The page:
Are We Missing Something When Measuring Citizens' Perceptions of the Extractive Industry?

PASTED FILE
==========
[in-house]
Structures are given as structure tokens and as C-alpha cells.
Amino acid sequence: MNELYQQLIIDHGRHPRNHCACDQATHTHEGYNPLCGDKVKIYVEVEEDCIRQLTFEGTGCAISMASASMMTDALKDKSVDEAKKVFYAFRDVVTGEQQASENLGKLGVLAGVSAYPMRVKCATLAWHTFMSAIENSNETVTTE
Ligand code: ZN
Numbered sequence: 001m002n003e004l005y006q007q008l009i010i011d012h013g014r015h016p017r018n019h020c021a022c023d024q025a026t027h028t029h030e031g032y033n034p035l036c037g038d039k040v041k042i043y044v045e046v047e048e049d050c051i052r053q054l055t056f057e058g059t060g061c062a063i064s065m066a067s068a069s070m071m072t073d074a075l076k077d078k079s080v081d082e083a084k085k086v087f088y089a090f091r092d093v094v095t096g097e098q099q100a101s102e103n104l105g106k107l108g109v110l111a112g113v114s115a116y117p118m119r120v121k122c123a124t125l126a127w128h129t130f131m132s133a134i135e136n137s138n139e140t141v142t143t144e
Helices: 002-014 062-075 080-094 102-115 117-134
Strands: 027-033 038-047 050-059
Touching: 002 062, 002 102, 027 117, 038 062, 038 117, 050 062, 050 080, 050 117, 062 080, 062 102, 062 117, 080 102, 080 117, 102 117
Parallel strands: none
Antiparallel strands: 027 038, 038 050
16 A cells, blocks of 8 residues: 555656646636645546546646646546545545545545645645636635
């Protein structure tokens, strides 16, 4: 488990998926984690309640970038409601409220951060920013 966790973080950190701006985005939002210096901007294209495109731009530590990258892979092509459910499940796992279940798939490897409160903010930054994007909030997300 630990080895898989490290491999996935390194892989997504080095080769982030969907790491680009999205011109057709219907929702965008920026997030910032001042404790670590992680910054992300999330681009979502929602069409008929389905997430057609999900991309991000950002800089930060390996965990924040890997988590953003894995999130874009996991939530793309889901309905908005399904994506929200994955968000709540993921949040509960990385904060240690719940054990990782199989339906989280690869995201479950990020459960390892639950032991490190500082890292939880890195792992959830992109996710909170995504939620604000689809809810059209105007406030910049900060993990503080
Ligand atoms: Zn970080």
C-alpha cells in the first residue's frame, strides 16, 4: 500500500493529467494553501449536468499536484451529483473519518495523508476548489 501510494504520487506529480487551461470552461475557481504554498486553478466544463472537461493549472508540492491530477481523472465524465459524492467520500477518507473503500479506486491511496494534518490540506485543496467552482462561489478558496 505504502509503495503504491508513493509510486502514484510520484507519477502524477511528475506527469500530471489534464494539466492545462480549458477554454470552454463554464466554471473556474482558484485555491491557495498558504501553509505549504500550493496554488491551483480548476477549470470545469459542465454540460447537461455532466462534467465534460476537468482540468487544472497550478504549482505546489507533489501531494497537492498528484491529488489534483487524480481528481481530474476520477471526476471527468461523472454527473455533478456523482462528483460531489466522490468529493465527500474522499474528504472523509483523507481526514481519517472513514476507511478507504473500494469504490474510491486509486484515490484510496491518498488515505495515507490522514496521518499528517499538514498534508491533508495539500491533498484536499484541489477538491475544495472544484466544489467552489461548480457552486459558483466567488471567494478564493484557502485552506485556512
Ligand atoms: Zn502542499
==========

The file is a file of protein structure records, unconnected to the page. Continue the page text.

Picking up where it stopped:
We study individual preferences and public beliefs surrounding extractive industries in the Latin America and the Caribbean (LAC) region using a metaphor elicitation technique instead of standard stated self-reported questions. Combining qualitative one-on-one interviews in Guyana and Venezuela with national surveys in 12 LAC countries, we uncover deep metaphors and narratives shaping citizens views. The findings reveal key narratives centered around environmental, economic, and social impacts, as well as governance and local participation. Sentiment analysis indicates polarized opinions on extractive industries. The study highlights the importance of considering emotional and unconscious mental models in shaping individual preferences, which is often overlooked in traditional survey-based methodologies. Our findings could contribute to more nuanced policy interventions and conflict resolution strategies in the extractive sector. Broadly, alternative tools to stated preference surveys are valuable for researchers and policymakers to understand public sentiment across various issues and contexts.